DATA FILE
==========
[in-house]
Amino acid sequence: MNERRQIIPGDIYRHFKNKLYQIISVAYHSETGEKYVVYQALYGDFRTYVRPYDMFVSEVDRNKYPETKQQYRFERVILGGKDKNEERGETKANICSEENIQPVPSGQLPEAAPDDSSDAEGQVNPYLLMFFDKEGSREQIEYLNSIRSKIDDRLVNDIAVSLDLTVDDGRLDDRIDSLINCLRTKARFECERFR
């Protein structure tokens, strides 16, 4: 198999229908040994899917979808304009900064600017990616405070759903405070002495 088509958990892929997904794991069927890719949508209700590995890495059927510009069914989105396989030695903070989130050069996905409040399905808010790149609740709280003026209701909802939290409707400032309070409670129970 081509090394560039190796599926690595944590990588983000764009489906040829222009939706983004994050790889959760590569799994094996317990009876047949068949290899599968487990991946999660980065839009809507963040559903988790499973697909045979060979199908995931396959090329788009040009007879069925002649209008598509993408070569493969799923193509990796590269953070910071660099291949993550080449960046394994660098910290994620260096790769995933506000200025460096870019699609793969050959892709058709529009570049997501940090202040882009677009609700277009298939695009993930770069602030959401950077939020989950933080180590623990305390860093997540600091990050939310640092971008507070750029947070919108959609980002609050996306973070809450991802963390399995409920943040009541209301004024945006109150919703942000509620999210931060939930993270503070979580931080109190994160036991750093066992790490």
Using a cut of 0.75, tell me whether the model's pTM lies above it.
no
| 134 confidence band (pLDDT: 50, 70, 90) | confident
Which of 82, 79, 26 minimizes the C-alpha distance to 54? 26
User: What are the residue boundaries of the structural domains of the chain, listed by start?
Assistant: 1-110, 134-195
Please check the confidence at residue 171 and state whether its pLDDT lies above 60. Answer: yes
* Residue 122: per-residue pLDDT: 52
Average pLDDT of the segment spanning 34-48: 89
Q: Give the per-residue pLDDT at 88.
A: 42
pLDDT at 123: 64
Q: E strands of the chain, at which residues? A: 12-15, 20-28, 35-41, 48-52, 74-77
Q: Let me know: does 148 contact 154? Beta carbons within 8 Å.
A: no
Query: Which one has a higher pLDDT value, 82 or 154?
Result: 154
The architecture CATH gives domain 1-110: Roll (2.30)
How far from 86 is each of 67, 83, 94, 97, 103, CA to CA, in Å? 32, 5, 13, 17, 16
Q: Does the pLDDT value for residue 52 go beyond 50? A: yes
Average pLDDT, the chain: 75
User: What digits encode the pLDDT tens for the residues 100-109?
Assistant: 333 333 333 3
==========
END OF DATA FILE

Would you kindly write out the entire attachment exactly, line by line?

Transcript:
[in-house]
Amino acid sequence: MNERRQIIPGDIYRHFKNKLYQIISVAYHSETGEKYVVYQALYGDFRTYVRPYDMFVSEVDRNKYPETKQQYRFERVILGGKDKNEERGETKANICSEENIQPVPSGQLPEAAPDDSSDAEGQVNPYLLMFFDKEGSREQIEYLNSIRSKIDDRLVNDIAVSLDLTVDDGRLDDRIDSLINCLRTKARFECERFR
């Protein structure tokens, strides 16, 4: 198999229908040994899917979808304009900064600017990616405070759903405070002495 088509958990892929997904794991069927890719949508209700590995890495059927510009069914989105396989030695903070989130050069996905409040399905808010790149609740709280003026209701909802939290409707400032309070409670129970 081509090394560039190796599926690595944590990588983000764009489906040829222009939706983004994050790889959760590569799994094996317990009876047949068949290899599968487990991946999660980065839009809507963040559903988790499973697909045979060979199908995931396959090329788009040009007879069925002649209008598509993408070569493969799923193509990796590269953070910071660099291949993550080449960046394994660098910290994620260096790769995933506000200025460096870019699609793969050959892709058709529009570049997501940090202040882009677009609700277009298939695009993930770069602030959401950077939020989950933080180590623990305390860093997540600091990050939310640092971008507070750029947070919108959609980002609050996306973070809450991802963390399995409920943040009541209301004024945006109150919703942000509620999210931060939930993270503070979580931080109190994160036991750093066992790490």
Using a cut of 0.75, tell me whether the model's pTM lies above it.
no
| 134 confidence band (pLDDT: 50, 70, 90) | confident
Which of 82, 79, 26 minimizes the C-alpha distance to 54? 26
User: What are the residue boundaries of the structural domains of the chain, listed by start?
Assistant: 1-110, 134-195
Please check the confidence at residue 171 and state whether its pLDDT lies above 60. Answer: yes
* Residue 122: per-residue pLDDT: 52
Average pLDDT of the segment spanning 34-48: 89
Q: Give the per-residue pLDDT at 88.
A: 42
pLDDT at 123: 64
Q: E strands of the chain, at which residues? A: 12-15, 20-28, 35-41, 48-52, 74-77
Q: Let me know: does 148 contact 154? Beta carbons within 8 Å.
A: no
Query: Which one has a higher pLDDT value, 82 or 154?
Result: 154
The architecture CATH gives domain 1-110: Roll (2.30)
How far from 86 is each of 67, 83, 94, 97, 103, CA to CA, in Å? 32, 5, 13, 17, 16
Q: Does the pLDDT value for residue 52 go beyond 50? A: yes
Average pLDDT, the chain: 75
User: What digits encode the pLDDT tens for the residues 100-109?
Assistant: 333 333 333 3